Sources of calcium for a mystery snail shell. - The Planted Tank Forum
 
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post #1 of 9 (permalink) Old 07-24-2013, 03:02 AM Thread Starter
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Post Sources of calcium for a mystery snail shell.

I recently noticed that my snails have some scratches in their shells, my first thought was that the water might be a bit acidic. I just checked it and ph is 7.6. After a bit of research I believe that I'm lack calcium in my tank. I read about using egg shells to add calcium, but I want to know if there is other ways to add calcium.

Planned-15g. shrimp and snail tank
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post #2 of 9 (permalink) Old 07-24-2013, 03:10 AM
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I have heard of people using pieces of cuttlebone for a calcium supplement.

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post #3 of 9 (permalink) Old 07-24-2013, 03:34 AM
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Oyster Shell calcium tabs, calcium enriched foods, spinach, kale, snail food, and cuttlebone to name a few
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post #4 of 9 (permalink) Old 07-24-2013, 03:55 AM
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Quote:
Originally Posted by ravensgate View Post
Oyster Shell calcium tabs, calcium enriched foods, spinach, kale, snail food, and cuttlebone to name a few
+1

Stinging Nettle leaf has the most calcium out of all and very good for shrimp. Even my snails love munching of it.

Vitamin A 35%
Calcium 42%
Iron 8%
Vitamin B-6 5%
Magnesium 12%
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post #5 of 9 (permalink) Old 07-24-2013, 05:35 AM
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Originally Posted by CookieM View Post
+1

Stinging Nettle leaf has the most calcium out of all and very good for shrimp. Even my snails love munching of it.

Vitamin A 35%
Calcium 42%
Iron 8%
Vitamin B-6 5%
Magnesium 12%
Really? That's actually fascinating. Such a hardy plant, surely I couldn't manage to kill one of those in a terrarium!

How do you prepare it for them? Just snip off a leaf and toss it into the tank?
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post #6 of 9 (permalink) Old 07-24-2013, 09:38 AM
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Originally Posted by Lucubration View Post
Really? That's actually fascinating. Such a hardy plant, surely I couldn't manage to kill one of those in a terrarium!

How do you prepare it for them? Just snip off a leaf and toss it into the tank?
You prepare all veggie in a "blanching" process. Boil veggie in water and remove it and dip in cold/icy water to stop the cooking process and harden the veggie.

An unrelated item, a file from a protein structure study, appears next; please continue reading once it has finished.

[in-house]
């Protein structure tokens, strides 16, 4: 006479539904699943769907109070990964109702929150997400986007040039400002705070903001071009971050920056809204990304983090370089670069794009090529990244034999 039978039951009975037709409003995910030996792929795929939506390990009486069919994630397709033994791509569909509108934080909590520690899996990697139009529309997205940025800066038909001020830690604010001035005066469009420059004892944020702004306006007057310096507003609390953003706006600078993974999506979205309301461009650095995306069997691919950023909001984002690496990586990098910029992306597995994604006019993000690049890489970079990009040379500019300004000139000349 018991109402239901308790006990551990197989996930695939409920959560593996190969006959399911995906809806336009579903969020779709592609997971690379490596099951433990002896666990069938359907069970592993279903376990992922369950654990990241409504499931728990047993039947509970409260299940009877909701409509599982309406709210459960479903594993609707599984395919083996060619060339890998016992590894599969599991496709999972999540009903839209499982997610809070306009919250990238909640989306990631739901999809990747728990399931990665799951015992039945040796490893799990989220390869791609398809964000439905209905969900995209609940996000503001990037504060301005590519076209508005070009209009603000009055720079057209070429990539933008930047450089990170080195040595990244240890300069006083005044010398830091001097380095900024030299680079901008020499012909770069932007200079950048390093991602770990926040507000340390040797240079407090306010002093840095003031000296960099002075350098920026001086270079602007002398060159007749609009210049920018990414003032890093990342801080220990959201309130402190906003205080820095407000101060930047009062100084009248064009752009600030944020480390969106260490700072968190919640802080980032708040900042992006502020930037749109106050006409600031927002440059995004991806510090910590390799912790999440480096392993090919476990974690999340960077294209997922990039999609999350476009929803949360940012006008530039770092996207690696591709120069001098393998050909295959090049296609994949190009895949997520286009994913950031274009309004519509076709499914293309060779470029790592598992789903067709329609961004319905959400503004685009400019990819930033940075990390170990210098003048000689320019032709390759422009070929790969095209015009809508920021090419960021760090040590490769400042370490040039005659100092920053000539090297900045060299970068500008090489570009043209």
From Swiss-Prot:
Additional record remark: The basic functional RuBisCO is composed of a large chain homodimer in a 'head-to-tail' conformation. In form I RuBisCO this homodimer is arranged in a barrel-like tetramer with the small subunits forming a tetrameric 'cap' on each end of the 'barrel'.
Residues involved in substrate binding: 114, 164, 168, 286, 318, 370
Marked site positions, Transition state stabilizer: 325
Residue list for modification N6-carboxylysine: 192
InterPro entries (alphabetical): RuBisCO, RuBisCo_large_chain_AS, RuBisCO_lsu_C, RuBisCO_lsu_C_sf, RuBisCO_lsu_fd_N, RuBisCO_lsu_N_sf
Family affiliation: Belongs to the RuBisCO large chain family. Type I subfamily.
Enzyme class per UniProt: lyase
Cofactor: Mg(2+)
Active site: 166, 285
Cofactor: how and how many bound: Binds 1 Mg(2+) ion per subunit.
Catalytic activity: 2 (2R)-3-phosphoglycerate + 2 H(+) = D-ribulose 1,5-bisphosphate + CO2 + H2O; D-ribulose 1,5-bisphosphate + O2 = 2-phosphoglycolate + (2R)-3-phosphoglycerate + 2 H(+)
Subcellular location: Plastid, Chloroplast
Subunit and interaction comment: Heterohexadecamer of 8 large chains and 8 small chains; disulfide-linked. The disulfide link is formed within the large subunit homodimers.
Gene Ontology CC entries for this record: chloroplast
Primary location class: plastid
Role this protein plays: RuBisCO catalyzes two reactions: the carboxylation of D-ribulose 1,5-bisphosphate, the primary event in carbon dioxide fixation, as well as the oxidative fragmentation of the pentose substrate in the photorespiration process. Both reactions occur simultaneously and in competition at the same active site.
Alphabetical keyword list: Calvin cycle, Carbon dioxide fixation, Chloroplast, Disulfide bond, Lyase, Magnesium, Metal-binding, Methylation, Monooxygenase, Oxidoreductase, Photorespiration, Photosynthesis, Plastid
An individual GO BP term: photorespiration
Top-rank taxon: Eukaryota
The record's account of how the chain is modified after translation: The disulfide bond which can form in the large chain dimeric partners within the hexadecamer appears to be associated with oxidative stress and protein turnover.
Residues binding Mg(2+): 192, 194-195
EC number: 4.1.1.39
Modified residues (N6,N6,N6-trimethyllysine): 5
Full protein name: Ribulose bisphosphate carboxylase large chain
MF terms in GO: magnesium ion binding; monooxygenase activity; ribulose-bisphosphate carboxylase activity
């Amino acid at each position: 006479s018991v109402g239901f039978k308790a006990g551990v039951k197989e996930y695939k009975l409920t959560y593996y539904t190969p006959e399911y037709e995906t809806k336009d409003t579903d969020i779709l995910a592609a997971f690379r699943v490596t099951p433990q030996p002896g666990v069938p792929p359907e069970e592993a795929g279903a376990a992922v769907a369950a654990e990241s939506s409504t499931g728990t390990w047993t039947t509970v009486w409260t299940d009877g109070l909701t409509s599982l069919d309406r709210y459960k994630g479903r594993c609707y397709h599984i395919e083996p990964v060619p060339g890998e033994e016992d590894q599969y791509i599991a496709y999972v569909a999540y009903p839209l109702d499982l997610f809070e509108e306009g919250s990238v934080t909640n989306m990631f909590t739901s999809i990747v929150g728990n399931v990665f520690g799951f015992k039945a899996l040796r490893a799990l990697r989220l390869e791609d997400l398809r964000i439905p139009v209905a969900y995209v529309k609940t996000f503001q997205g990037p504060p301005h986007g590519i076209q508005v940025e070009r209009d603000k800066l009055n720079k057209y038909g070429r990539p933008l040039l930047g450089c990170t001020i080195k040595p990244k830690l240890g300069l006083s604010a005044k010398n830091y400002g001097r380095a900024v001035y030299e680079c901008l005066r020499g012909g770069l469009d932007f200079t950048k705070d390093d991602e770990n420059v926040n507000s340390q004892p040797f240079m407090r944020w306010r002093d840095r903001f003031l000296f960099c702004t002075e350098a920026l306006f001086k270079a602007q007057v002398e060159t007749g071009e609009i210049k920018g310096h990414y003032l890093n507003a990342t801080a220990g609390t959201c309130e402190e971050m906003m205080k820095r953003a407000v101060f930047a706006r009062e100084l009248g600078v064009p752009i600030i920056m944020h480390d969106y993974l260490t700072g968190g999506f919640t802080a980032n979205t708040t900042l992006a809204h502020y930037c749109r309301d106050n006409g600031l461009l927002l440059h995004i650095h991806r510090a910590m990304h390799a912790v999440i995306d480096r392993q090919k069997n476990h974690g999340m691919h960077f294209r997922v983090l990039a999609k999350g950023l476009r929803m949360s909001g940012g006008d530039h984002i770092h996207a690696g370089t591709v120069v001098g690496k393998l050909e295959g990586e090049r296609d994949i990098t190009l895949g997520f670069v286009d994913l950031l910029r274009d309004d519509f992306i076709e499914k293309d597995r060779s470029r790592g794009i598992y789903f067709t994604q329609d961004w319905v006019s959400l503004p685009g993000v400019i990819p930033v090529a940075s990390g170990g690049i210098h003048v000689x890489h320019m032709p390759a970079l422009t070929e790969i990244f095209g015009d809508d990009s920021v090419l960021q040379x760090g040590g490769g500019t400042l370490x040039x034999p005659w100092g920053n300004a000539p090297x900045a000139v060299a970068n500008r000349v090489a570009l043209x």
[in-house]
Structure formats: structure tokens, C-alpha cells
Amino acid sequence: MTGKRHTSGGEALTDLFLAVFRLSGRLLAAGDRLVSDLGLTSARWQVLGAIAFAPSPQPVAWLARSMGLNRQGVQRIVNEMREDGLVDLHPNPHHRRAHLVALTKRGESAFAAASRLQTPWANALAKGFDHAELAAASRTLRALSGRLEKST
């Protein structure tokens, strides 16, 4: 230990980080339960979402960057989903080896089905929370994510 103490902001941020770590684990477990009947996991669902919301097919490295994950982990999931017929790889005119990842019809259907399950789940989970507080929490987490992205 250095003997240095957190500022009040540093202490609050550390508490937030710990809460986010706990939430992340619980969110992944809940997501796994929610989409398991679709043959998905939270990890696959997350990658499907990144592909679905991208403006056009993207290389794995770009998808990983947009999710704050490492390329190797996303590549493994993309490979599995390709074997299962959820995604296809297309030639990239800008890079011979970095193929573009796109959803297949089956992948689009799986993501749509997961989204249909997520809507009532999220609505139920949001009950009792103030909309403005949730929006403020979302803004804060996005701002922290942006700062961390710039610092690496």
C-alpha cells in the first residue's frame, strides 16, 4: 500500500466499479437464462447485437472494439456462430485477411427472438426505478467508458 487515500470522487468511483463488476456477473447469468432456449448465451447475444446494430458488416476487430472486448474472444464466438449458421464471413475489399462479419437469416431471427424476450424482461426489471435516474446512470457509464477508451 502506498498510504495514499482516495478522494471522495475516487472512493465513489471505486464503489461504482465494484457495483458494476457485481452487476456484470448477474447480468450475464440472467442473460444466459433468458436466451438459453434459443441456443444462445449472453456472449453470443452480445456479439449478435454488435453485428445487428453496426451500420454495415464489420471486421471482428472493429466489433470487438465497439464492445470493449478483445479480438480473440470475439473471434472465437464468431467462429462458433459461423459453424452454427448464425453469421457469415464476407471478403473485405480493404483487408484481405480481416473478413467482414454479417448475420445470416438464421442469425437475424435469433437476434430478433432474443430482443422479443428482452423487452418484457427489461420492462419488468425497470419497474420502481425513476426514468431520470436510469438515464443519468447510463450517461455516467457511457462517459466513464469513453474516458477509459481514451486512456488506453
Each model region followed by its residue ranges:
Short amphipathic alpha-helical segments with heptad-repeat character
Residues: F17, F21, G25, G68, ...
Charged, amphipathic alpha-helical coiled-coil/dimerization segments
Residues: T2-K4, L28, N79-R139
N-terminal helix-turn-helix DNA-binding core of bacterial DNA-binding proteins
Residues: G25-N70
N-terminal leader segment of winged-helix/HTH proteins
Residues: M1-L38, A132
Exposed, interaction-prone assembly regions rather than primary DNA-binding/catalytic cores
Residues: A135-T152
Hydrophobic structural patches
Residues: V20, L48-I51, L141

For stinging nettle boil the whole leaf including stem for a good 3-5 minute depending how many you boil at a time. I usually boiled at least a bundle (100 leaves). So take upward 5 minute and immediate drain and dipped in cold water twice because the hot boiled leaves will turn 1st cold water to normal room temp.

After blanching start a storage in freezer process. I usually roll mine into a ball after drying most of the leaves in a kitchen towel and keep in a freezer plastic bag. Every time you fee them remove from the bag and rinse it with water a little so it no longer frozen and it will sink.

P.S. Veggie like pumpkin, zucchini and similar will require longer boiling process (depending on the quantity) than the regular leaf.
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post #7 of 9 (permalink) Old 07-24-2013, 01:55 PM
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Originally Posted by CookieM View Post
You prepare all veggie in a "blanching" process...
Great, thank you. I'll have to start doing this.
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post #8 of 9 (permalink) Old 07-24-2013, 09:01 PM
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You can use Tums or similar antacid tabs or the calcium pills for humans. I have used both. The generic tums fruit flavored were a big hit.LOL Evan the fish ate them. The shrimp seemed to go for the tablets, maybe because the snails and fish hogged the antacid tablets. The ones with vitamin D are fine. Applesnail.net has lots of good advice for taking care of mystery snails.
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post #9 of 9 (permalink) Old 07-24-2013, 09:19 PM
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Do you know the GH of our water? Chances your plants will need calcium as well. CaSO4 or GH Booster contains CaSO4
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